Curtis Hames was a family physician who practiced in his home town of Claxton, Georgia.
Hames’ practice enabled him to make medical observations over a five-generation time span. He used this material for research on genetics, cancer, hypertension, strokes, myocardial infarctions, pesticide pollution, neurohormones, psychosocial determinants of diseases, and immunology. His research concerns included the etiological role of free radicals in cardiovascular disease and cancer, and the development of a risk profile to help preserve the quality of life for the aged. Hames continued the follow-up of a population cohort established in 1960 and explored the etiology of the increased death rates in the so-called “stroke belt” area of the southeastern United States.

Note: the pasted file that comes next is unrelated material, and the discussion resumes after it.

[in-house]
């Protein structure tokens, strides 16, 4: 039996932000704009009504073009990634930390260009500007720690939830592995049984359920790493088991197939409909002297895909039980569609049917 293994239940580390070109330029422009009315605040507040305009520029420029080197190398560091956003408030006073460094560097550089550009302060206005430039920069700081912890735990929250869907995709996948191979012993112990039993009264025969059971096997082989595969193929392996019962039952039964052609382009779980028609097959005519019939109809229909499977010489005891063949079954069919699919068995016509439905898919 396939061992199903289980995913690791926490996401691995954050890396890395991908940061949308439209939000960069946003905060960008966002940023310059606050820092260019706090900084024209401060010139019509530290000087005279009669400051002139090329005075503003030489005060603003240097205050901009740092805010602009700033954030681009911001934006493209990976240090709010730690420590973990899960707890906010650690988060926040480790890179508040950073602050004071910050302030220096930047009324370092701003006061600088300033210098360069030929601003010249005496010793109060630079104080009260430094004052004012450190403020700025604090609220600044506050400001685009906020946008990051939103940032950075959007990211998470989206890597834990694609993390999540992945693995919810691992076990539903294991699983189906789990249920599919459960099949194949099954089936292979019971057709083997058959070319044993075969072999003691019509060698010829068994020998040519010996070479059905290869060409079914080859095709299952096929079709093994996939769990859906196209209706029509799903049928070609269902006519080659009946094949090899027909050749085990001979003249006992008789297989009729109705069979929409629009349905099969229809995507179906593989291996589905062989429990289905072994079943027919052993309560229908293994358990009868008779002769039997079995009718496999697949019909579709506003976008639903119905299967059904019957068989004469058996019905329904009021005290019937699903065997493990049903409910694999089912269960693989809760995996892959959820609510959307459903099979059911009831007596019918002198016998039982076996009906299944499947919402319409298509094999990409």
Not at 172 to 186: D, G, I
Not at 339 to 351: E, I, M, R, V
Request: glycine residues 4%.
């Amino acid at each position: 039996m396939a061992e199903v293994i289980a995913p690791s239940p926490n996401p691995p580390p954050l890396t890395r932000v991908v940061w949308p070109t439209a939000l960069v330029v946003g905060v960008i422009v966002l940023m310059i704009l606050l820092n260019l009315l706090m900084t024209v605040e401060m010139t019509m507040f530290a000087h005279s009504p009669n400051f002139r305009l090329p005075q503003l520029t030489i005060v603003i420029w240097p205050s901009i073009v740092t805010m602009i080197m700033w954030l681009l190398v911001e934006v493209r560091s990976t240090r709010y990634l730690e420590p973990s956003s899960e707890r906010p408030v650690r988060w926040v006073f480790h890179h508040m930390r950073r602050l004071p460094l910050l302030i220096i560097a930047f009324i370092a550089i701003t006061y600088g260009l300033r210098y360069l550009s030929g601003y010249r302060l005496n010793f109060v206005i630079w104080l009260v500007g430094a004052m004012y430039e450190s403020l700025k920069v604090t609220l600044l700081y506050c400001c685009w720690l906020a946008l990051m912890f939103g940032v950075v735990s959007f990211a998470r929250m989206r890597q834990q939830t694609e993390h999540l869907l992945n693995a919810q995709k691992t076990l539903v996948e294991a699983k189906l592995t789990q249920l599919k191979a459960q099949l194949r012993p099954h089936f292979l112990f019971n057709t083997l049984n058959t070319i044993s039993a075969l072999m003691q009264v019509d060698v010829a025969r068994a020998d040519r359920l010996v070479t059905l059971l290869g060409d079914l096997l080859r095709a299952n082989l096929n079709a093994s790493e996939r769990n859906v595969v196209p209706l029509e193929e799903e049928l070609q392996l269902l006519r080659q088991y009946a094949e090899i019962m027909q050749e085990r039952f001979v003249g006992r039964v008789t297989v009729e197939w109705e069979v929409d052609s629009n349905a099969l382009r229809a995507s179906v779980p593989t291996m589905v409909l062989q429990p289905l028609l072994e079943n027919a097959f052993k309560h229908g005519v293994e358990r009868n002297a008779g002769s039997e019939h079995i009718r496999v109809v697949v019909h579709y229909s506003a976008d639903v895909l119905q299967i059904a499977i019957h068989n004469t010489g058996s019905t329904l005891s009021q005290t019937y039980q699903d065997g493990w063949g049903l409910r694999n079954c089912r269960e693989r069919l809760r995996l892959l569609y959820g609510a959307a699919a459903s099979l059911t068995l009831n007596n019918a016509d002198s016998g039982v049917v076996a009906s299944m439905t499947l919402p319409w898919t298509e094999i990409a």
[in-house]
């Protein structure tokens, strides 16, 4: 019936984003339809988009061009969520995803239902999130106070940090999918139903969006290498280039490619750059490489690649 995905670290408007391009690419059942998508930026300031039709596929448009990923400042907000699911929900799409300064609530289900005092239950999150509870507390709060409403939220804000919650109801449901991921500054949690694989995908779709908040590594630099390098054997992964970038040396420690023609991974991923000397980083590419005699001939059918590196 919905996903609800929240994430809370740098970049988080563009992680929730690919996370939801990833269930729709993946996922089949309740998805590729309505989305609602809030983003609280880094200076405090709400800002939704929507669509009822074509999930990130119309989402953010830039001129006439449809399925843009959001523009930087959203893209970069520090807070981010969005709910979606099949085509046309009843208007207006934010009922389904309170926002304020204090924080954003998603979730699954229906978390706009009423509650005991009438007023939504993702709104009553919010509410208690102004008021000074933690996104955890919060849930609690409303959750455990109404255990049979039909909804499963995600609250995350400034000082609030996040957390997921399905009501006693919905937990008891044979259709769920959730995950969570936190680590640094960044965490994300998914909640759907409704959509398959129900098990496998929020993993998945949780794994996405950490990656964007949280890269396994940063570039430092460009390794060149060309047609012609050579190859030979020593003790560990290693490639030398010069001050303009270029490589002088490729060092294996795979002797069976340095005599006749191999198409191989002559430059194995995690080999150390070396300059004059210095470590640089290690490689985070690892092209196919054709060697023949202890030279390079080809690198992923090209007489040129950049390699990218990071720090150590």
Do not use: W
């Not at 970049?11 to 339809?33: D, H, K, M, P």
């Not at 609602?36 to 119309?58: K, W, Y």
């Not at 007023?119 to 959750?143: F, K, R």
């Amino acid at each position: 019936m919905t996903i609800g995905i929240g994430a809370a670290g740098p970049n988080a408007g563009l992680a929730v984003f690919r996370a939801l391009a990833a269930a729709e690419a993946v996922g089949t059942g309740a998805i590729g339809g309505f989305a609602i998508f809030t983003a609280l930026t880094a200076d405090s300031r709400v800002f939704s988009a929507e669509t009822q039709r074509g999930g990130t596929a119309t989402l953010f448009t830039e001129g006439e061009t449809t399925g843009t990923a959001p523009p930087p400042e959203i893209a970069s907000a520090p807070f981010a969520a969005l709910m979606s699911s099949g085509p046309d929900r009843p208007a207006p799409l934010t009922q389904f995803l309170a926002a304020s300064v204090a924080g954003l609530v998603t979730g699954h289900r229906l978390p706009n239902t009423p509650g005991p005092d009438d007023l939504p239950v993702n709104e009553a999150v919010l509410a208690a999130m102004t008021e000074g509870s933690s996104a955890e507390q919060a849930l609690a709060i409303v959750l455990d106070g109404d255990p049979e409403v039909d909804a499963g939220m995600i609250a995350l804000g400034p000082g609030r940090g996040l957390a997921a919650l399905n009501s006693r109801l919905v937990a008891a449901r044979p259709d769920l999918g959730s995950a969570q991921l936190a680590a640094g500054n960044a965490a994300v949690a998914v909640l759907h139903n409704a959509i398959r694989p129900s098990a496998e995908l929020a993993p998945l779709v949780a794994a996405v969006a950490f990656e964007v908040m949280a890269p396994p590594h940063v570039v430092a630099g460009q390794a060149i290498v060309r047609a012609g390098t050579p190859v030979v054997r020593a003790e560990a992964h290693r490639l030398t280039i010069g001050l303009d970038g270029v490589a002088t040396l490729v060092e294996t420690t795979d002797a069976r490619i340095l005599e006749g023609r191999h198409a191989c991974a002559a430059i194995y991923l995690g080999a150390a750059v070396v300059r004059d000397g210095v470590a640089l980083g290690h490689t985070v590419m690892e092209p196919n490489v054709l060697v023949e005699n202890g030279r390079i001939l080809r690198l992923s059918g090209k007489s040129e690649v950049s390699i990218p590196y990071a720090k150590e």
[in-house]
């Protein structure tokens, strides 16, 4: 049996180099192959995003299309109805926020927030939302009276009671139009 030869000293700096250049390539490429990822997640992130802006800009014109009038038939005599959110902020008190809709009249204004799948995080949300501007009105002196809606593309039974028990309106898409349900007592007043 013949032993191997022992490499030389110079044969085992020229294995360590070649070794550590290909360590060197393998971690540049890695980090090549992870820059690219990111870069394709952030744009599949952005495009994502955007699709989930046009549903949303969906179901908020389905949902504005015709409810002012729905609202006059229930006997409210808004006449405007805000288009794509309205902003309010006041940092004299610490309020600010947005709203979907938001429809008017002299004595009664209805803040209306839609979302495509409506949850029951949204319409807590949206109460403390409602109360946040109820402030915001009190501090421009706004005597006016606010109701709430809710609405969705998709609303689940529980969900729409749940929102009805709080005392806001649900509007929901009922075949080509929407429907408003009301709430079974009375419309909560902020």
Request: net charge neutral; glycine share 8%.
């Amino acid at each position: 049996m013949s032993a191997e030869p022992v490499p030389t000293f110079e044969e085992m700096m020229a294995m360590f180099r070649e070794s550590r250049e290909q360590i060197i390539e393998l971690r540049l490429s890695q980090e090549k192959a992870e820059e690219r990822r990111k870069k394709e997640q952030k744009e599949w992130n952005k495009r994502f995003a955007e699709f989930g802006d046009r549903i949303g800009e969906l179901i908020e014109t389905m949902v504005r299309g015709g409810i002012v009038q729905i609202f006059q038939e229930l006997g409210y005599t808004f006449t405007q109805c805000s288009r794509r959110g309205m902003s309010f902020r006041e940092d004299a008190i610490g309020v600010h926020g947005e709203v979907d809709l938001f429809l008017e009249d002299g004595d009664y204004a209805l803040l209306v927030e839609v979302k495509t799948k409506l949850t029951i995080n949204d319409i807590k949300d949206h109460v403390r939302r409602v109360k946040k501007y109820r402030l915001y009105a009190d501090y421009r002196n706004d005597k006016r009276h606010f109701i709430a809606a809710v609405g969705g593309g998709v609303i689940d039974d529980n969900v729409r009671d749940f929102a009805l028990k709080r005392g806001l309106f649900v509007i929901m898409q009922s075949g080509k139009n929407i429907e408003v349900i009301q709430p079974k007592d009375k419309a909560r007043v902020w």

Hames practiced medicine in Claxton, Georgia, from 1947 to 1988. In addition to several adjunct and visiting professorships, he served as a clinical professor of family practice at the Medical College of Georgia and as a clinical professor of epidemiology at the University of North Carolina.
Hames received a B.S. (1941) from the University of Georgia and an M.D. (1944) from its School of Medicine.